• Evidence-based monitoring continued through the established UK Pollinator Monitoring Scheme, which is financially supported by Scottish Government. 2021 saw the launch of a monitoring App to enable far greater and easier participation in the popular FIT-Counts.
  • Pollinator-friendly management practices have been implemented by an increasing number of local authorities, for example Stirling and Perth. NatureScot hosted a 2021 conference at which local authorities shared good practice and experience in implementing and encouraging pollinator-friendly changes.

Piloting an Outcome Based Approach in Scotland (POBAS) - is an NatureScot-led project working with 40 farmers and crofters in four clusters across Scotland (Skye, Argyll, Strathspey and East Lothian). During 2020-21 this NatureScot-led farm pilot project tested new ways to improve the delivery of biodiversity outcomes (including the adaptation of nature to climate change) on farms and crofts through agri-environment funding.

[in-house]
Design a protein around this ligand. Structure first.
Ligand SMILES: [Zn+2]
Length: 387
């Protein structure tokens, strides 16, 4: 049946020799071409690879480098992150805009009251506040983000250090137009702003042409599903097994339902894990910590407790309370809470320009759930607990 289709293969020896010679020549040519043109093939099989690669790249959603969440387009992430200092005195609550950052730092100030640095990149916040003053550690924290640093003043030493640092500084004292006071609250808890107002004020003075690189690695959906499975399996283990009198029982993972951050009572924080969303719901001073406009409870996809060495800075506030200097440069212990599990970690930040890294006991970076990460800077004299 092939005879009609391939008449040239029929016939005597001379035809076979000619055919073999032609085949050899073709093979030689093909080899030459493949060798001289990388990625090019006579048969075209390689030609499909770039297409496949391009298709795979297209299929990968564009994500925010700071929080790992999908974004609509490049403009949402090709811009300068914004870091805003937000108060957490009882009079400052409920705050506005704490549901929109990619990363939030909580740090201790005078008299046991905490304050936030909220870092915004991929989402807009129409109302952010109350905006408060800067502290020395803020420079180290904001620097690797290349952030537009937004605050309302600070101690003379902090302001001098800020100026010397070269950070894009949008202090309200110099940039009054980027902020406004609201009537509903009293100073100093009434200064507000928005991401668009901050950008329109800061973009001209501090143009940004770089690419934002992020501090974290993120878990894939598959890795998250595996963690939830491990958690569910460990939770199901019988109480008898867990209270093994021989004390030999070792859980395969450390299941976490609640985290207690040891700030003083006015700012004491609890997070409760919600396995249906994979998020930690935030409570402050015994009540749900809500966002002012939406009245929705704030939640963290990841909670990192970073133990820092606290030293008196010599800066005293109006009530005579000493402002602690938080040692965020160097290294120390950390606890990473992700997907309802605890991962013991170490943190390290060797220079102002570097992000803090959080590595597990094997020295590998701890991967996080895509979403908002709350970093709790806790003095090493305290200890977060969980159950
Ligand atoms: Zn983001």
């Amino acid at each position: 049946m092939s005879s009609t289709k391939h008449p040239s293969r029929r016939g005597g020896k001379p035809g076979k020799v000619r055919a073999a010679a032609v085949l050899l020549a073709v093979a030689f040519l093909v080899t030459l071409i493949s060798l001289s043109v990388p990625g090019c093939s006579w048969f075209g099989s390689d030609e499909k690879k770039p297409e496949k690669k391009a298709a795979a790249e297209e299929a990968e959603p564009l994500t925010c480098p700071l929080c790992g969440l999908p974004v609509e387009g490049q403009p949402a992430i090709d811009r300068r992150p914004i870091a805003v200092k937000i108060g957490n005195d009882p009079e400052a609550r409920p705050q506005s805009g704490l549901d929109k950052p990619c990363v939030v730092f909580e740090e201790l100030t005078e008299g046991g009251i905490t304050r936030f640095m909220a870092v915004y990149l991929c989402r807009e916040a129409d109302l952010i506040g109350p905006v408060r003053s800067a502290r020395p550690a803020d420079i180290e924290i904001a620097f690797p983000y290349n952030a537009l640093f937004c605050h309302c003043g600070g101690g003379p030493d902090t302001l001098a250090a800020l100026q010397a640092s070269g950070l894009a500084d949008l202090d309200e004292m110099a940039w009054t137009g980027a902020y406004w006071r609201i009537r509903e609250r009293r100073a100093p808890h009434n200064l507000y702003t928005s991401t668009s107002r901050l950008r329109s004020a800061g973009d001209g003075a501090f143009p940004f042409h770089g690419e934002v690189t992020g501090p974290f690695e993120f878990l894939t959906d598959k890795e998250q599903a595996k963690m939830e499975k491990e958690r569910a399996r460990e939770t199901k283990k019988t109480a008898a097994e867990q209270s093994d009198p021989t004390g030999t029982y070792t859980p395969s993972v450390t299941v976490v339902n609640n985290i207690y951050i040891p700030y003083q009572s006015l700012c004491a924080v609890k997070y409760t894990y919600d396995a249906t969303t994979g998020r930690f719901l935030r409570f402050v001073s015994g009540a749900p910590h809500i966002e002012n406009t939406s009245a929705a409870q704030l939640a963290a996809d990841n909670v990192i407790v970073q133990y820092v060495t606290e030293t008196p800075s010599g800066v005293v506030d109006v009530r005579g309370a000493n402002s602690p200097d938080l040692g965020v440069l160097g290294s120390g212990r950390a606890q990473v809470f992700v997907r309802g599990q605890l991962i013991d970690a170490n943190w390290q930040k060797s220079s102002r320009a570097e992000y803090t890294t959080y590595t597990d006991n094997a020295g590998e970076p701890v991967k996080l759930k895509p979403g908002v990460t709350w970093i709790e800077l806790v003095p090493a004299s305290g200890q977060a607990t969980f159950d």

Examples of progress on policies in support of sub-outcome that "Scotland's natural environment and its contribution to wider societal adaptation is enjoyed, valued and maintained"

Outdoor Learning in Nature - The Learning in Local Greenspace project (2015 - 2021) exceeded its target of 100 green spaces being regularly used for outdoor learning and play, improving the greenspaces where necessary to allow this to happen. It engaged 115 schools from 12 local authorities, providing project resources, advice and staff training on outdoor learning. The project amounted to a long-term investment in community adaptation. Evidence showed that it raised awareness of the physical and mental health benefits of time spent in nature, and increased the capacity of the adults of the future to access those benefits.